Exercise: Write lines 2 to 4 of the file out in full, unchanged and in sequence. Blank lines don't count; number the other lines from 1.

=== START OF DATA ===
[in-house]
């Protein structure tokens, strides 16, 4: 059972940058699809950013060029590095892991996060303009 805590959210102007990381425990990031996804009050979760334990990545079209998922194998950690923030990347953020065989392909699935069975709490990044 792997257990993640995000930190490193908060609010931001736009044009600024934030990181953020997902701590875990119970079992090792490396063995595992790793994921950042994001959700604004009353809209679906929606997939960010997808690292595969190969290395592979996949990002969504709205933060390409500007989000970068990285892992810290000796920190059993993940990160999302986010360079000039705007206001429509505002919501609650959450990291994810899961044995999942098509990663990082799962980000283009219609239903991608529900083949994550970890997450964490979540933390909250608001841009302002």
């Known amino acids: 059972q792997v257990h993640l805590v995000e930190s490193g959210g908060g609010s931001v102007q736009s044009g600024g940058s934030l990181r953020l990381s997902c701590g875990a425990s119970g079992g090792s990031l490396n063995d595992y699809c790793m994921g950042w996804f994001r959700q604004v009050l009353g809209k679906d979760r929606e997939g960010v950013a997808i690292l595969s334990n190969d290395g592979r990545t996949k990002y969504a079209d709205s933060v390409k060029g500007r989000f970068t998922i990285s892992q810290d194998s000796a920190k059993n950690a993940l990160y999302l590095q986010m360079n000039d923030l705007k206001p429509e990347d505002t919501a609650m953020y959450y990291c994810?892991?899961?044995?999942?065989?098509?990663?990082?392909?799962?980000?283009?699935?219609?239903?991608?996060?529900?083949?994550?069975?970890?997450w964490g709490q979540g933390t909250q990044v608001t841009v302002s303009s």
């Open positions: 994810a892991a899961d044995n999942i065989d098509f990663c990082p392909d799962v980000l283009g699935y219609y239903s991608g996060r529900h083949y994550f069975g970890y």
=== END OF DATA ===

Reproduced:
């Protein structure tokens, strides 16, 4: 059972940058699809950013060029590095892991996060303009 805590959210102007990381425990990031996804009050979760334990990545079209998922194998950690923030990347953020065989392909699935069975709490990044 792997257990993640995000930190490193908060609010931001736009044009600024934030990181953020997902701590875990119970079992090792490396063995595992790793994921950042994001959700604004009353809209679906929606997939960010997808690292595969190969290395592979996949990002969504709205933060390409500007989000970068990285892992810290000796920190059993993940990160999302986010360079000039705007206001429509505002919501609650959450990291994810899961044995999942098509990663990082799962980000283009219609239903991608529900083949994550970890997450964490979540933390909250608001841009302002």
């Known amino acids: 059972q792997v257990h993640l805590v995000e930190s490193g959210g908060g609010s931001v102007q736009s044009g600024g940058s934030l990181r953020l990381s997902c701590g875990a425990s119970g079992g090792s990031l490396n063995d595992y699809c790793m994921g950042w996804f994001r959700q604004v009050l009353g809209k679906d979760r929606e997939g960010v950013a997808i690292l595969s334990n190969d290395g592979r990545t996949k990002y969504a079209d709205s933060v390409k060029g500007r989000f970068t998922i990285s892992q810290d194998s000796a920190k059993n950690a993940l990160y999302l590095q986010m360079n000039d923030l705007k206001p429509e990347d505002t919501a609650m953020y959450y990291c994810?892991?899961?044995?999942?065989?098509?990663?990082?392909?799962?980000?283009?699935?219609?239903?991608?996060?529900?083949?994550?069975?970890?997450w964490g709490q979540g933390t909250q990044v608001t841009v302002s303009s």
């Open positions: 994810a892991a899961d044995n999942i065989d098509f990663c990082p392909d799962v980000l283009g699935y219609y239903s991608g996060r529900h083949y994550f069975g970890y």